3ATTRITION AMONG SPECIAL EDUCATION TEACHERS Approximately 43% leave within first five years in the professionAttrition rate runs between eight percent and ten percent annuallyYearly shortage for special education teachers is estimated at 29,000
5SOME OF THE COSTS ASSOCIATED WITH ATTRITION Because of the shortage of special education teachers, the recruiting process is costly and difficultSchools lose their investment in professional developmentMost special education replacement teachers are beginning teachersSchools with too many new teachers often experience more problems with discipline and experience lower academic performance
6MORE COSTSSchools in low-income areas tend to have more inexperienced teachersInexperienced teachers without the developed skills required frequently land in classrooms with the most needy and the greatest challengesBeginning teachers frequently start their careers at hard-to-staff schools where resources are frequently scarce because of the number of available jobs and frequent turn over
7WHAT ARE SOME POSSIBLE REASONS FOR HIGH ATTRITION WHAT ARE SOME POSSIBLE REASONS FOR HIGH ATTRITION? LET’S LOOK AT CONCERNS EXPRESSED BY NEW SPECIAL EDUCATION TEACHERS
8Teaching Concerns–Examples: applying skills learned to real classroom issues, assessing levels of student performance and evaluating their progress, evaluating individual needs, meeting student behavior needs, not having expected expertise about curriculum that spans several grade levels and subjects, managing large case loads.
9Collaboration Concerns– Examples: lack of time for or problems collaborating with general educators, belief that general educators will welcome collaborative relationships, difficulties working with paraprofessionals, challenges with parents.
10Organization and Management Concerns— Examples: management of varied work tasks, conflicting demands, paperwork stress, establishment of routines and organizing work responsibilities, local policies and procedures, procedure for ordering supplies and accessing available resources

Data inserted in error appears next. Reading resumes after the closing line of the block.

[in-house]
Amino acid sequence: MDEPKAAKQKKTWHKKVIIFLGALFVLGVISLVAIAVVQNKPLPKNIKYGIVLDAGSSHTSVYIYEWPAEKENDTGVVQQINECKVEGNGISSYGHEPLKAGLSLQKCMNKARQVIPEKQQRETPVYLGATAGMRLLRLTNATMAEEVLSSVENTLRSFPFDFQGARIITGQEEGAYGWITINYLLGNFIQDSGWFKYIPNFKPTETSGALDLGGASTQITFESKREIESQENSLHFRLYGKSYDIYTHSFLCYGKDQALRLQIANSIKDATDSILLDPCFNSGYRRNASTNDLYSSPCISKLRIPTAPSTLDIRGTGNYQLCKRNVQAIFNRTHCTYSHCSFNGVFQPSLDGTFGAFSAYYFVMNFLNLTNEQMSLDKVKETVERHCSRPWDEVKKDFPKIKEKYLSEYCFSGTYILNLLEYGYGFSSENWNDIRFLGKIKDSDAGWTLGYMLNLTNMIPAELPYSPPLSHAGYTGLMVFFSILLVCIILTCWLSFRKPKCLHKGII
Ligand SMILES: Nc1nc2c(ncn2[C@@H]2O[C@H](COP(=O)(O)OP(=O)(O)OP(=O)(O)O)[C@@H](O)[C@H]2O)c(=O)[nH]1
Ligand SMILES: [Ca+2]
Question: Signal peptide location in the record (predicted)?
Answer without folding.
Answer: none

11Support Concerns—Examples: overestimation of ability to cope with demands placed upon them, belief that they can accomplish their classroom goals for each child, isolation from other special educators, lack of support from general educators, lack of curriculum materials, come with idealistic expectations and experience reality shock, lack full certification, work with difficult parents, tremendous stress, lack of support staff help, unmet need to continue learning.
12Legal Issues—Examples: compliance requirements, confidentiality requirements, completion of IEPs.
13IF WE BELIEVE RETENTION WILL MAKE A DIFFERENCE TO OUR CHILDREN What Can Administrators Do to SupportandRetain New Special Education Teachers?
14What are the primary practices that positively impact teacher retention? Providing administrative support and leadershipImproving working conditionsProviding high-quality professional learning on research-based strategies for improving student outcomesImplementing effective mentoring programsChange wording to be more active, I.e. workforce conditions are addressed.
15Help Administrators Understand Importance of Their Support Recent report by Wallace Foundation revealed leadership is second only to classroom instruction among all school related factors that contribute to what students learn at school.Recent study analyzing teacher survey results found that teachers leaving because of job dissatisfaction, most often point to lack of administrative support and low salaries.Teachers from high minority, high poverty schools were even more likely to report that lack of administrative support was primary reason for leaving.
16Building capacity among administrators Do they understand legal mandates ?Do they understand the work of the various service providers?Are they receiving on-going professional development as instructional leadersAre they receiving on-going professional development as team builders
17Administrative Actions That Can help Explain to the new teacher expectations of their roles and responsibilitiesArrange time for new and experienced teachers to have shared planning time or to work in professional communities together or just to have common professional developmentTake time to get to know new teachersEncourage new teachers to ask questions and check in frequently about their support needs